Kavanagh and Squadron Kick Off Bus Lane Camera Enforcement

Sen. Daniel Squadron and Assm. Brian Kavanagh announce that bus lane cameras, which they helped shepherd through Albany, will be enforcing First and Second Avenue starting today. Photo: Office of Dan Squadron.
Dan Squadron and Brian Kavanagh announce that bus lane cameras will be enforcing First and Second Avenue starting today. Photo: Office of Dan Squadron

Camera enforcement of the First and Second Avenue bus lanes began today. To mark the occasion, State Senator Daniel Squadron and Assembly Member Brian Kavanagh held a press conference gathering together community leaders and taxi drivers to get the message out to drivers: Block the lane and face the fine. As Squadron and Kavanagh explained, however, drivers may enter the bus lanes to turn right or to quickly drop off or pick up passengers.

Hopefully, starting up camera enforcement will keep the bus lanes clear and allow the East Side’s Select Bus Service to run even more smoothly. Even before the cameras were turned on, the introduction of Select Bus Service had cut trip times by between 12 and 16 minutes compared to the old limited service. That’s an improvement of between 14 and 19 percent.

Said Kavanagh in a press release:

“Almost a year ago, we called on the City and the MTA to implement a true Bus Rapid Transit system along First and Second Avenues.  We’re not quite there yet, but new enforcement mechanisms like bus cameras and clarification of the rules for taxi drivers and other car users should help get us one step closer to the full transit potential of our streetscape.”

  • PaulC

    I just hope the biggest abusers of this, the taxi drives, get tickets for driving in the bus only lane when its enforced.

  • Randy

    just saw a advertisement which said something like. “we need to clean this street up” and “someone in the city should do something” and my favorite “the city is doing nothing” Improvement begins with “I” what happened to “Ask not what your country can do for you, but what you can do for your country” In rural areas we have mile after mile of adopt a street to clean it saves lots of tax dollars and makes the country side pretty for tourists.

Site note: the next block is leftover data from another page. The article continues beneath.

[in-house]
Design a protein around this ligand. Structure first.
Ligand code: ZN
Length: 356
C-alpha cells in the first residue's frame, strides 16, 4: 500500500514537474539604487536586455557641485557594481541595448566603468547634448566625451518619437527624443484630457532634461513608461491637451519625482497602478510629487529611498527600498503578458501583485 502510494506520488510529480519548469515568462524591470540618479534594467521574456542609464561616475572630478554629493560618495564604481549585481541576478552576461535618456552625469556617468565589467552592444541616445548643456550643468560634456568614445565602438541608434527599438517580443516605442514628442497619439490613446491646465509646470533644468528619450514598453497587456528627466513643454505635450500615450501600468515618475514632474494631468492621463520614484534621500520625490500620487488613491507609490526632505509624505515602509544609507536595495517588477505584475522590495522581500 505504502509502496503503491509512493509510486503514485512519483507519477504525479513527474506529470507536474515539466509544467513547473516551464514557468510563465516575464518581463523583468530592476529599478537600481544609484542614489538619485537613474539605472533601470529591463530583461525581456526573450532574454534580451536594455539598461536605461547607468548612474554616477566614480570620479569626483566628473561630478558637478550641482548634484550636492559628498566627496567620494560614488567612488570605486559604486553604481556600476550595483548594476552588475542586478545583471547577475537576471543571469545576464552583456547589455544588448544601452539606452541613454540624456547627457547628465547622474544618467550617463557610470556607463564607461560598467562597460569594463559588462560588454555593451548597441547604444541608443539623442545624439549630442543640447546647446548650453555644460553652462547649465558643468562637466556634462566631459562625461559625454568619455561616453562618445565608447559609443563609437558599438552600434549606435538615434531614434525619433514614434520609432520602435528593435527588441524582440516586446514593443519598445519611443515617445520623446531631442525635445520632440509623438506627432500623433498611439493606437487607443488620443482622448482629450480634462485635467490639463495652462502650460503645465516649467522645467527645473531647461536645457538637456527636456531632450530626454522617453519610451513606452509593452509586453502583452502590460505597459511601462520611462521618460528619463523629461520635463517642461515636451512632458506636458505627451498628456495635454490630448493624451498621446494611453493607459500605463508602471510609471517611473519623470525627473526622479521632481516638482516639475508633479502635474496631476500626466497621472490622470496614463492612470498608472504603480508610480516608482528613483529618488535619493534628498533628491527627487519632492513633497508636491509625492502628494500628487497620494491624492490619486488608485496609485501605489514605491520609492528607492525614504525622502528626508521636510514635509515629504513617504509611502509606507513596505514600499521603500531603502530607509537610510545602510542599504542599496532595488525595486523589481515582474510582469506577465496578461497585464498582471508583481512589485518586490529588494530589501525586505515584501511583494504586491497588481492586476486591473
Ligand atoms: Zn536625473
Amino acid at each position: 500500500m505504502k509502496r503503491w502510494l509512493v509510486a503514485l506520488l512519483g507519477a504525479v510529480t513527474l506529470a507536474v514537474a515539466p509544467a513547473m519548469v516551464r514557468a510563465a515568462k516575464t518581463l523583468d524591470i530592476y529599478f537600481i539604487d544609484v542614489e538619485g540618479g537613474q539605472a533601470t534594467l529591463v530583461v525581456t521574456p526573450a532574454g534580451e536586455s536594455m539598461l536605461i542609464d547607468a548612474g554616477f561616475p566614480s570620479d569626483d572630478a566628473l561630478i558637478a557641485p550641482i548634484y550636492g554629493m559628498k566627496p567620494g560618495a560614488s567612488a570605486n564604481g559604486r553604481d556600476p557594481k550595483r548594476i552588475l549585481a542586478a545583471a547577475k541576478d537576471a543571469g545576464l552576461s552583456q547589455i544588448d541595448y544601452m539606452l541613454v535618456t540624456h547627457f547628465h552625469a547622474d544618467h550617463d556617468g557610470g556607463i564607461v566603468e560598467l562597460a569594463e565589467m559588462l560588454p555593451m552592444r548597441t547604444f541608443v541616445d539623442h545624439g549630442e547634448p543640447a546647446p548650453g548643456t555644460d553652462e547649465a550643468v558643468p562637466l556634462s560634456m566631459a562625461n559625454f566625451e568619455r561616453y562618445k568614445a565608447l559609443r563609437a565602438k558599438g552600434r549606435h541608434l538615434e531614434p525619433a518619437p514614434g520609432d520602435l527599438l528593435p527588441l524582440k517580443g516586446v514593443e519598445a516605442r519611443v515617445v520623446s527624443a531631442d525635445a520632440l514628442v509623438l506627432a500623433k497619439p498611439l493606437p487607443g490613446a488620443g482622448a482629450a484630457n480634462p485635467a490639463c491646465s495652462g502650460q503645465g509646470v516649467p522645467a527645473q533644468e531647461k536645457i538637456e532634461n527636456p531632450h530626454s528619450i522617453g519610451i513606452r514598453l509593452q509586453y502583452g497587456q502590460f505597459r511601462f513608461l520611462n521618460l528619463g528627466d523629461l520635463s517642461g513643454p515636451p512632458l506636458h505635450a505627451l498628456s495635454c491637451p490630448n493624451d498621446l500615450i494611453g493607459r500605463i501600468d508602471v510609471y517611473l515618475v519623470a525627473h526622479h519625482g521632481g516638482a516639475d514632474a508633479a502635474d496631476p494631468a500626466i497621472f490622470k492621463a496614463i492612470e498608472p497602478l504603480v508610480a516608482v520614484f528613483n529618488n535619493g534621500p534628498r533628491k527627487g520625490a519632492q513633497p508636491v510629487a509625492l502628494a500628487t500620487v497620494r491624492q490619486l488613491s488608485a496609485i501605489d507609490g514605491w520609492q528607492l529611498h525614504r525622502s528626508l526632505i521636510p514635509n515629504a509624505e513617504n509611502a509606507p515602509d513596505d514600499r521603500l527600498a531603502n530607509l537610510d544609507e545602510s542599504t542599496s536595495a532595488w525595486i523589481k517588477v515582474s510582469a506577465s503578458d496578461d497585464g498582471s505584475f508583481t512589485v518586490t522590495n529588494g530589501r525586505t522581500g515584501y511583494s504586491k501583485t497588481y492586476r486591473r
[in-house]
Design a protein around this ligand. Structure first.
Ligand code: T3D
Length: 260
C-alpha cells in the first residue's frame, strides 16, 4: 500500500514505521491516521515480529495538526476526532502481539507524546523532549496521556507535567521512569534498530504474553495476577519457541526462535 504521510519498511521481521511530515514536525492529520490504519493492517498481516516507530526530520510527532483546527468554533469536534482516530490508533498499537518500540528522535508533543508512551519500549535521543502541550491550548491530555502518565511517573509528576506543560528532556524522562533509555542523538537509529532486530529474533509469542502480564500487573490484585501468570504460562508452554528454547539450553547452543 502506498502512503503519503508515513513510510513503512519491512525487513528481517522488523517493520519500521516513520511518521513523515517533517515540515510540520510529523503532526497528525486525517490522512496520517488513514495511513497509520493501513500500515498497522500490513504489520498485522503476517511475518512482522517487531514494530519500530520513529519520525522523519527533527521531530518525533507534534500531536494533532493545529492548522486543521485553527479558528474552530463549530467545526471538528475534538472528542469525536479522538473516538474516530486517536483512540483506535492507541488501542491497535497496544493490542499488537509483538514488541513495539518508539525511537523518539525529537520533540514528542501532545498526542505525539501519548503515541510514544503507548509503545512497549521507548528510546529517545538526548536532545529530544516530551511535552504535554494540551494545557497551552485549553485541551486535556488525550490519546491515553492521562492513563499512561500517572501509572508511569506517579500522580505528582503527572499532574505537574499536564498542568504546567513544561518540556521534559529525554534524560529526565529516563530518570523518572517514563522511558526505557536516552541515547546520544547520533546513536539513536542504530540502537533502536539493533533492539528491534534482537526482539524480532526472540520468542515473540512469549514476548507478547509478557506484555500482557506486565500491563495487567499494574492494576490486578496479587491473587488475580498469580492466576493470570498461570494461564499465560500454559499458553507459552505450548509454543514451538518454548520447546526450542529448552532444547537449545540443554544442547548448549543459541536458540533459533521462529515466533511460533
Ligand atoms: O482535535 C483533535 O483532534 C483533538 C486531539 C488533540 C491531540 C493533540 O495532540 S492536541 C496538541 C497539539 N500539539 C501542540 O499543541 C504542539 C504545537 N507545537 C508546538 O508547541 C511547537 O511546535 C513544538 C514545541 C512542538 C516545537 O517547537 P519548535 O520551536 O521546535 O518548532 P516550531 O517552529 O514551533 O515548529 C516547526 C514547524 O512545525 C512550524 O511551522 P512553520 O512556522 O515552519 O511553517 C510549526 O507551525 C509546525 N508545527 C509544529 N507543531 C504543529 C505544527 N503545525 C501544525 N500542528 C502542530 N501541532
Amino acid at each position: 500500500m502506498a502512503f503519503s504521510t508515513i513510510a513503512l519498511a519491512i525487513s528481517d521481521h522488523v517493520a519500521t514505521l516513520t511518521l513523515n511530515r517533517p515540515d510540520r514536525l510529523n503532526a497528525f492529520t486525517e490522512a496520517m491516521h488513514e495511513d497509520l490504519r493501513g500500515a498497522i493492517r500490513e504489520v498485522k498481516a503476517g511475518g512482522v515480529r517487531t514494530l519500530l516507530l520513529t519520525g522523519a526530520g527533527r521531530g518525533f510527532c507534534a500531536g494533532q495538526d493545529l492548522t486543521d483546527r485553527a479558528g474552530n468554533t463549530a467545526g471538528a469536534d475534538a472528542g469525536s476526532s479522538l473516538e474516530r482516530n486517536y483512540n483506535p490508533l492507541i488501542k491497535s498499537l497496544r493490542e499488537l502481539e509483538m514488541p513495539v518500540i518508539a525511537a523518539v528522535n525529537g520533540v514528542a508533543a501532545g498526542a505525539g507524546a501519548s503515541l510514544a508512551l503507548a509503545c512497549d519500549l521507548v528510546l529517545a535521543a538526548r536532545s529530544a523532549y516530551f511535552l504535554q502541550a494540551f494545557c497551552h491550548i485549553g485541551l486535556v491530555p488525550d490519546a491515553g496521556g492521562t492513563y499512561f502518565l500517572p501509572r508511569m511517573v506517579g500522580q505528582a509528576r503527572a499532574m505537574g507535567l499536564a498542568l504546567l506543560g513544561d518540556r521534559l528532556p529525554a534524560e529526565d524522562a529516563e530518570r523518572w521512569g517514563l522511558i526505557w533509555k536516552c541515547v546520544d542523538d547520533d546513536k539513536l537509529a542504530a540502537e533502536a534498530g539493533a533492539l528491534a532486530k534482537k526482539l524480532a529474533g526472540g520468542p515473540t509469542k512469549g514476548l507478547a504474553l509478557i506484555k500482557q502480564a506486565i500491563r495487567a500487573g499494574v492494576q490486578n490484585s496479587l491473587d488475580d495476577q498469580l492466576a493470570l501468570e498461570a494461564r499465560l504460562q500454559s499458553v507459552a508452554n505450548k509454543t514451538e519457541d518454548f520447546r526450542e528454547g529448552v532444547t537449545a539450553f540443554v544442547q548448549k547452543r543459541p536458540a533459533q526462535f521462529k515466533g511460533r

• thenewsjunkie

    Pretty typical for the NY Times these days. They no longer take the time to find out facts in a story and just go with the emotional stuff not based on informed opinion. The cut backs have really hurt that paper big time. Everyday, I find myself asking why they bothered writing half a dozen stories in the daily edition. They did the same thing with the bullshit story on the proposed 7 line extension to NJ. They spent all their time talking to commuters on the number 7 line and people in NJ but didn’t seem to talk to one person at the MTA. How do you do a story on the number 7 line and not interview anyone at the agency that would actually be responsible for designing and building the project.

  • Doug

    The New York Times: reporting by anecdote. I’m convinced that their articles are almost completely sourced reporters calling their friends and interviewing them.

  • millenniumcab

    Taxi drivers have a job to do. Picking up and dropping people off is part of that job. By law, they are allowed to expeditiously drop off and pick people up in bus only lanes. But they get tickets from cameras all the time doing their job. One of those tickets equals to taxi drivers’ daily income. I bet you’re happy to hear that.


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